guangyuan zhang TGS BN .pdf
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OF ALL THE WONDERFUL THINGS YOU CAN DO
WITH YOU CAMERA AT NIGHT (LIKE LIGHT PAINTING),
PHOTOGRAPHING STAR TRAILS IS ONE OF THE COOLEST
(SEE PHOTO ABOVE). ALL YOU NEED IS A CAMERA CAPABLE
OF BULB MODE, A STURDY TRIPOD, AND AN EXTERNAL OR
WIRELESS OR CABLED SHUTTER. YOU'LL ALSO NEED SOME
TIME AND, DEPENDING ON WHERE YOU DO THIS, POSSIBLY
SOME WARM CLOTHING.
1. When composing the shot, avoid any direct light sources. Because
this is a long exposure they'll get blown out and potentially ruin
2. Focusing in the dark is difficult, so you want to make sure you get
it right before you start. If you're including foreground objects, try
shining a light on them so your autofocus will pick them up more
easily. If your main focus is the stars, take a few sample pictures
first to make sure your focus is accurate.
3. While you can always white balance in post, if you want to get it
right from the beginning you're going to need to decide what you
want. Setting your white balance to Tungsten will cool down the
redness you'll generally pick up from a long-exposure night photo.
The opposite would be setting your white balance to 10000 Kelvin,
giving it an orange glow.
4. Once you've got your composition down and your shot focused,
set your exposure to the bulb setting.
5.Set your camera's aperture to pretty much the widest setting. An
aperture of 3.5 to 4.0 is generally good. You may find a lack of detail
if going to wide on a lens that has an aperture of wider than 2.8.
6. Set the ISO to 200 (or 100 if you find you're getting too much
noise at 200).
7. Press your remote shutter and let the exposure last 30 minutes..
You have all seen pictures of the night sky taken over minutes to hours which
show the stars tracing concentric circles around the north star, my Northern
Hemisphere bias is showing. The pictures are a palpable demonstration of the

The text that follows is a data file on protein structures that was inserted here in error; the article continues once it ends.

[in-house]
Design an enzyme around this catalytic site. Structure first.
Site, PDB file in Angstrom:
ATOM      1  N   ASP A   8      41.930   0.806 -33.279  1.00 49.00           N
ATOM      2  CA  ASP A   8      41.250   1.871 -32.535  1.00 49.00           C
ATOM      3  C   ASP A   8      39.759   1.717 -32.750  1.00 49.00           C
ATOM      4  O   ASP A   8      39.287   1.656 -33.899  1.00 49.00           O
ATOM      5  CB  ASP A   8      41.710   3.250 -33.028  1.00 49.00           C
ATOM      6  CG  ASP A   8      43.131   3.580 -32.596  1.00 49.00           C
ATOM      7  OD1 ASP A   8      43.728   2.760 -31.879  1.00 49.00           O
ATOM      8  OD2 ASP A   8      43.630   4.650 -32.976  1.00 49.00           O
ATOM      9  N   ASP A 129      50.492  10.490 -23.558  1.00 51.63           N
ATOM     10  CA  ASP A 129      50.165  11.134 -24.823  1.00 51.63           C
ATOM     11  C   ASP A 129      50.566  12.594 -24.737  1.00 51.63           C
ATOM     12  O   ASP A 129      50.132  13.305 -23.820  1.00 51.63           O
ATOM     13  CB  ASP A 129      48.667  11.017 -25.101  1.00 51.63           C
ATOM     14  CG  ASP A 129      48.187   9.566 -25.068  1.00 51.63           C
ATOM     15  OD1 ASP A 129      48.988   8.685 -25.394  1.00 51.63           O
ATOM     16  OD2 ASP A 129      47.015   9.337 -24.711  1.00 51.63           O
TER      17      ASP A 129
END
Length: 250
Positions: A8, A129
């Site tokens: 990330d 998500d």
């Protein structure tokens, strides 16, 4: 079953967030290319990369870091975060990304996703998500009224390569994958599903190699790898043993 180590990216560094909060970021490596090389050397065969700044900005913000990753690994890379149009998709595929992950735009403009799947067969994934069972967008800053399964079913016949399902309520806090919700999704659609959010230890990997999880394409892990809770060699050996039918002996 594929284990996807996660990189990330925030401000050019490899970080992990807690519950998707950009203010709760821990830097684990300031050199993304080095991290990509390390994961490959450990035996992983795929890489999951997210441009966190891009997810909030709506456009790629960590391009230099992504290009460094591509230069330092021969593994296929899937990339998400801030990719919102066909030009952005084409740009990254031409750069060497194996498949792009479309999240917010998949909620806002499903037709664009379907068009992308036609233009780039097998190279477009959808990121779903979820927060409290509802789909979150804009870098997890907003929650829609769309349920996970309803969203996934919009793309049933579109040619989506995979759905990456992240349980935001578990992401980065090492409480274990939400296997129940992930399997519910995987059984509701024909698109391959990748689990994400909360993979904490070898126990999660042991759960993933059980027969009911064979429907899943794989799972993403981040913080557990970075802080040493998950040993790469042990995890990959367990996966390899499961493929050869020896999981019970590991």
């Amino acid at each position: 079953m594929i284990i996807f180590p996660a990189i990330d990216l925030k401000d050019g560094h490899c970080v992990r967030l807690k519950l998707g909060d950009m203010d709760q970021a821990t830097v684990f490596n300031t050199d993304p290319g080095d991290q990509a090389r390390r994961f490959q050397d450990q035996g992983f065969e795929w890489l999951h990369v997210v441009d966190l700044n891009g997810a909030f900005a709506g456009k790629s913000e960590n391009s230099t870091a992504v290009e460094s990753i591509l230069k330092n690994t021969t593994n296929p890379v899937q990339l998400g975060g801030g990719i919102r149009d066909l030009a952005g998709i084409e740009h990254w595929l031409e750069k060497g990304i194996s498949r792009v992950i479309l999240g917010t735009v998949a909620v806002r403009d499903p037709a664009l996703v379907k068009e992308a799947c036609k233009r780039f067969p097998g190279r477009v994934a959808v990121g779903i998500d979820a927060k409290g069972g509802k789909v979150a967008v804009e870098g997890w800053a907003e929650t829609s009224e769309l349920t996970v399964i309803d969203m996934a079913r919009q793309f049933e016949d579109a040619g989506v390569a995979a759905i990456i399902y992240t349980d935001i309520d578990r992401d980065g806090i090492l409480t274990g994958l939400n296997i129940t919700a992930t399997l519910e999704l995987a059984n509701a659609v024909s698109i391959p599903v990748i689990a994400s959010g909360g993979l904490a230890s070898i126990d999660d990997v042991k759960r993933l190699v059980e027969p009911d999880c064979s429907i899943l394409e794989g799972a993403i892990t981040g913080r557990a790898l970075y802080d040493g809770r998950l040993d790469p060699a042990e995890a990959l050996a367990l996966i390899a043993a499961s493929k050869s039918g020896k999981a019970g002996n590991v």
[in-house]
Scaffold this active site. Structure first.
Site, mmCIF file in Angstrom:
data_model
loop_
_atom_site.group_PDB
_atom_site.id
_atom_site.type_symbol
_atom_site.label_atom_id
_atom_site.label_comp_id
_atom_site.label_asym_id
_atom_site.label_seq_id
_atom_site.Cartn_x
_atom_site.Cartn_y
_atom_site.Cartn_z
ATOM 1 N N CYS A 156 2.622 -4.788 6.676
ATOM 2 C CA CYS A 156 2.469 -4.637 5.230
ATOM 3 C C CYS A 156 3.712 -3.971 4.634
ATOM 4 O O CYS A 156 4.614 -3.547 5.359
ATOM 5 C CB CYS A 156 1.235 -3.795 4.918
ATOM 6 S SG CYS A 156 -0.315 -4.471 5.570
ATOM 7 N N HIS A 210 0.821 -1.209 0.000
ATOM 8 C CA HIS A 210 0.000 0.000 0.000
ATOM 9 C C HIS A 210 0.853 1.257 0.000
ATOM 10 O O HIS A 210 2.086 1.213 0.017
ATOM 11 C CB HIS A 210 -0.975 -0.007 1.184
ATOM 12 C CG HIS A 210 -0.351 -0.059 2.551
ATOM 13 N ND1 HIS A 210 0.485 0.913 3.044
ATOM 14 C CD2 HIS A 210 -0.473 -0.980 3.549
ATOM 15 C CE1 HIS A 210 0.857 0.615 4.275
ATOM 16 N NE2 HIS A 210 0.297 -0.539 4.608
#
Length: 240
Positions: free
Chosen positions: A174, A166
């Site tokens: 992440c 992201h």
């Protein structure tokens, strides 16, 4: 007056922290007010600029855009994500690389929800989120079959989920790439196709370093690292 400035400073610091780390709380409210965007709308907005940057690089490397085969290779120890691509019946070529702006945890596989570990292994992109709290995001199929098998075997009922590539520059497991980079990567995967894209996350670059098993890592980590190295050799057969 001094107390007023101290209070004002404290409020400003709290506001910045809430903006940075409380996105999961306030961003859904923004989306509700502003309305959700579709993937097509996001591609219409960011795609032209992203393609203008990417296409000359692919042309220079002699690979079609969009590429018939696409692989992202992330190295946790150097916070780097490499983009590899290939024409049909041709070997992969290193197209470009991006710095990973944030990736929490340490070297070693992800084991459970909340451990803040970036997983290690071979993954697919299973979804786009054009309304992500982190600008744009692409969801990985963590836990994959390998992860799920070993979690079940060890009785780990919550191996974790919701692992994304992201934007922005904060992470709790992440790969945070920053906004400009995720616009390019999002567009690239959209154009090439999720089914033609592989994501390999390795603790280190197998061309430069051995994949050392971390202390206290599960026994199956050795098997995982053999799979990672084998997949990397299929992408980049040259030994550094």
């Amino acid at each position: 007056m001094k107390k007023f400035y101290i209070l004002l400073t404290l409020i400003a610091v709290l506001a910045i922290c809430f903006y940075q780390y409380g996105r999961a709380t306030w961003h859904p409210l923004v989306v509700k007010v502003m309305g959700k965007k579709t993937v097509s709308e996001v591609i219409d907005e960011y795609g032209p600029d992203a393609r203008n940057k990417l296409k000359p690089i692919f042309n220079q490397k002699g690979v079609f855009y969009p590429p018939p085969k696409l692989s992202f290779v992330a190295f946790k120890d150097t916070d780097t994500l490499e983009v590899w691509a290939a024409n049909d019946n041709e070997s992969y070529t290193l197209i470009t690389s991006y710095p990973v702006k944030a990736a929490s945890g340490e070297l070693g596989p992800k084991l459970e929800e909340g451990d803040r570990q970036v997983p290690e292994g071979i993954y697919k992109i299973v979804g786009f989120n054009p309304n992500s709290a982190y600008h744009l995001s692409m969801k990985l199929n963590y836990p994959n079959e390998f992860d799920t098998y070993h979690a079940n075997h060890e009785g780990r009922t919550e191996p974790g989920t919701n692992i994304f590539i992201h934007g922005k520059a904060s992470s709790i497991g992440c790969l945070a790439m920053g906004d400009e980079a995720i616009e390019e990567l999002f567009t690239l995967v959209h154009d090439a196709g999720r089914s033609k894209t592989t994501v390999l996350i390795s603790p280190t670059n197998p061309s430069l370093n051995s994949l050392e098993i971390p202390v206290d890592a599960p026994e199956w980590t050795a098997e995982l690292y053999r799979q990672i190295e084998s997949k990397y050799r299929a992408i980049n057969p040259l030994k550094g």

rotating earth, but they also can be quite beautiful especially when the star trails
are framed by interesting foreground elements. Years ago, when I experimented
with this using film, I opened he shutter on "bulb" and timed long exposures
with my watch. The results were great but noise was always a problem. The same
long exposures can be captured on digital cameras with or without the use of an
intervalometer, but there is also a noise problem with such long exposures on
Over prolonged exposures digital sensors heat up and the result can be
increasing amounts of distracting noise. The severity of the problem varies with
different cameras but with longer exposures it becomes a issue for them all. The
digital solution is to take multiple images and combine them into a single picture
using stacking, blending the layers to create a array of smooth continuous arcs. In
my examples, I created the star track by using a selection of the images originally
collected for the moving star fields. I experimented with the number of images,
fewer creating a less densely packed sky as in the tracks over Monadnock. In the
tracks over my back porch, more images created a much busier perspective.
Yes, we are here to just go over the basics, because
astrophotography can get very complex, especially for
capturing deep space photos of nebulas, constellations
and star systems. Some photographers utilize telescopes,
specialized robotic heads with ultra precision and
cameras specifically created for astrophotography worth
tens of thousands of dollars, to create amazingly beautiful
photographs that are extremely hard or even impossible
to capture with a regular DSLR.
THE PORTRAIT UNDER
Whether you call it a self-portrait or “selfie”, there’s nothing
like an awe-inspiring photo of a person under a vast, star-studded
Milky Way to really capture an audience’s attention. Throw in the
extra personal nature of a self-portrait, and you have instant drama
in your picture. In this stellar tutorial, Qatar-based photographer,
designer, and educator Hammad Iqbal shares his tips and techniques
on mastering the Milky Way self-portrait, a popular shot among
500px photographers. Scroll down, and get inspired to go out and
shoot under the night sky!
Photography has seen its great days, taken many bold steps and
has enjoyed a steady progression. From the yesteryear of good old
film to the first dawn of digital photography, we have all witnessed
this change, mostly positive, in the realm of photography. But it’s
the past few years which could be considered a turning point for
photography as an art. Blockbuster phenomenon such as Instagram
has given millions of people to get into photography, although it’s
mostly for fun. And another recent phenomenon that deserves a
mention is the ‘Selfie’ or self-portrait.
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